Housing Characteristics, Home Experiences, and Community Engagement of People Who Report Impairment was the the fourth colloquium in the series “An Ecological View of Disability for an Era of Community Living: Toward a Science of the Environment and Participation.” It took place in June 2016 and featured presentations from Dr. Craig Ravesloot, Lillie Greiman, and Andrew Myers from the RTC:Rural and Dr. Bryce Ward from the University of Montana Bureau of Business and Economic Research.
Overview and Agenda
Dr. Ravesloot introduced the colloquium to highlight important research being conducted on housing accessibility and how researchers are exploring it in relation to community engagement and the associated cost in levels of personal effort to participate in the community. Lillie Greiman began the presentation by identifying housing inaccessibility using data from the American Community Survey.
Then, presenting findings from the American Time Use Survey, Dr. Bryce Ward discussed data on the time and exertion level it takes for people with mobility impairments to engage in certain activities, both in and outside of the home. He then discussed associated costs of time and exertion in terms of effort to engage, linking it to environmental accessibility and personal capacity.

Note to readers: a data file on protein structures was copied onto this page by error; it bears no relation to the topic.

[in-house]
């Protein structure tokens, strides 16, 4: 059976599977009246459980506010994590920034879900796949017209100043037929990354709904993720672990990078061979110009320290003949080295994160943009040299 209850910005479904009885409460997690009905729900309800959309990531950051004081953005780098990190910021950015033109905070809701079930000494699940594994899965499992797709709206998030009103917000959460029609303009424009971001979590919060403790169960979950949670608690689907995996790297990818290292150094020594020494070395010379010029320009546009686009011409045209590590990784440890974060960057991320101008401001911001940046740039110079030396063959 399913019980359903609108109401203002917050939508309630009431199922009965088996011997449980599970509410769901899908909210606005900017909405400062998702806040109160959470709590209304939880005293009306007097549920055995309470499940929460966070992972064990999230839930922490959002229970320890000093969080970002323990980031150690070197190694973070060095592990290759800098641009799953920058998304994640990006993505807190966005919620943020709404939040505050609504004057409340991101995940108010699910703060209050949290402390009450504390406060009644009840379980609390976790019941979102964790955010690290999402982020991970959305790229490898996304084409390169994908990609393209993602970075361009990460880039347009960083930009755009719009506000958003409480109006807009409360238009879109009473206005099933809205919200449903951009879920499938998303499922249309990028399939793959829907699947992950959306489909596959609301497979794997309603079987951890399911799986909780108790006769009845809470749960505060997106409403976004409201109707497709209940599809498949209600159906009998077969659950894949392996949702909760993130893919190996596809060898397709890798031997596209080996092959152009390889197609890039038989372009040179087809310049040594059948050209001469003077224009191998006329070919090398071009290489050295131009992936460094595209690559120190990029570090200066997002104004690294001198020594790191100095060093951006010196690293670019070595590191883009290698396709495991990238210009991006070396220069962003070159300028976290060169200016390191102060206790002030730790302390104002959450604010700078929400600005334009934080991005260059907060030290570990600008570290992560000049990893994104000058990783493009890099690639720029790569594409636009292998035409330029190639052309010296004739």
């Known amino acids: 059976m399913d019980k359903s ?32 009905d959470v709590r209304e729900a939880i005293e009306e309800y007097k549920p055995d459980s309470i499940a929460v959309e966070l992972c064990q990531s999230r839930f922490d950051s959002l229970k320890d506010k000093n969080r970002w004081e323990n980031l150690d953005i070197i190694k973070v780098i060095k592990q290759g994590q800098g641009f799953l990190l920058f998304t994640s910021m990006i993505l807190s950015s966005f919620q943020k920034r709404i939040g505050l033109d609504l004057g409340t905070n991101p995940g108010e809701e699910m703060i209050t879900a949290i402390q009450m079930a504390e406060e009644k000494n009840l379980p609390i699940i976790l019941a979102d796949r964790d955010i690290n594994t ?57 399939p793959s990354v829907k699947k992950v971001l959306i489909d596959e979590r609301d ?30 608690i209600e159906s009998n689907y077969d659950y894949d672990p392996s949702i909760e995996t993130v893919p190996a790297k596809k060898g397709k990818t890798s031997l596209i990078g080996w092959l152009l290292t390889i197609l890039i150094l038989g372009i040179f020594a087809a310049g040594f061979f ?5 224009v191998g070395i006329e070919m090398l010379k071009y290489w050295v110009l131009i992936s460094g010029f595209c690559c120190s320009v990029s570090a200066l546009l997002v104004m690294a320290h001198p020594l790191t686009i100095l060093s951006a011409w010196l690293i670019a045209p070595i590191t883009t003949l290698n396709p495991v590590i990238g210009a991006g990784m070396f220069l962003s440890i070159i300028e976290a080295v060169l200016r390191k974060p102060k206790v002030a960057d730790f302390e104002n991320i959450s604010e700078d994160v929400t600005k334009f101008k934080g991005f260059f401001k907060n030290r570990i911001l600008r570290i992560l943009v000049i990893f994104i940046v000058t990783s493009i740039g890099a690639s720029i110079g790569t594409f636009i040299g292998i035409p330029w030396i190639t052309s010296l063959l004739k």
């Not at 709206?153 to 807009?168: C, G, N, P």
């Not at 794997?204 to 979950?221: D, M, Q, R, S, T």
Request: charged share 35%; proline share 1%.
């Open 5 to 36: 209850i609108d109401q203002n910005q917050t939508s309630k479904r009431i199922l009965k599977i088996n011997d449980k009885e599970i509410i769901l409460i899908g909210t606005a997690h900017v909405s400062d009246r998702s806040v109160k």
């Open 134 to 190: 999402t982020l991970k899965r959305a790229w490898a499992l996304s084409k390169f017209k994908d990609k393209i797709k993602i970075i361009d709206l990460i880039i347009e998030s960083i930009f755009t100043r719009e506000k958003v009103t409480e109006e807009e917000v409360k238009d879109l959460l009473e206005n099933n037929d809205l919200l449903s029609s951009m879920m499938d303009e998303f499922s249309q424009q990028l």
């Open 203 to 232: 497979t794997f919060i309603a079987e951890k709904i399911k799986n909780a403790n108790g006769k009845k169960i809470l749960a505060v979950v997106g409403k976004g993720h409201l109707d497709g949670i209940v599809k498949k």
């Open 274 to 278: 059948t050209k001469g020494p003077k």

Andrew Myers expanded the discussion with his presentation on findings from a Health and Home Use survey, implying that people with mobility impairments exert themselves in home activities more than people without mobility impairments, and that further exploration of the accessibility of the home environment, exertion levels, and community engagement is recommended. Additional research exploring the connection between home accessibility and participation is found on the Home Usability Project website.
Dr. Ravesloot is a Clinical Psychologist and Associate Research Professor of Psychology at the University of Montana where he directs disability and health research for the Rural Institute on Disabilities. Dr. Ravesloot has over 20 years of experience in research, program development and evaluation of services for people with disabilities funded through the National Institute on Disability and Rehabilitation Research (NIDRR), the Centers for Disease Control (CDC) and the Public Health Service (PHS).
Lillie Greiman is a Research Associate with RTC:Rural and focuses on housing, community participation and spatial and demographic analysis. She earned her MA in geography at U of MT where she was a Fulbright student researcher in Fez, Morocco, studying women’s relationships to food and the spaces of food production.
Bryce Ward is Associate Director at the Bureau of Business and Economic Research at the U of Montana. Bryce has a Ph.D. in economics from Harvard University and a B.A. in Economics and History from the U of Oregon. Bryce’s areas of expertise include econometric analysis and applied microeconomics — including health economics, labor economics, urban and regional economics, public finance, and environmental and natural resource economics.
Andrew Myers is a Research Associate with RTC:Rural focusing on geography and participation research. He earned a Bachelor’s Degree in City and Regional Planning from California Polytechnic State University and a M.A. in Geography.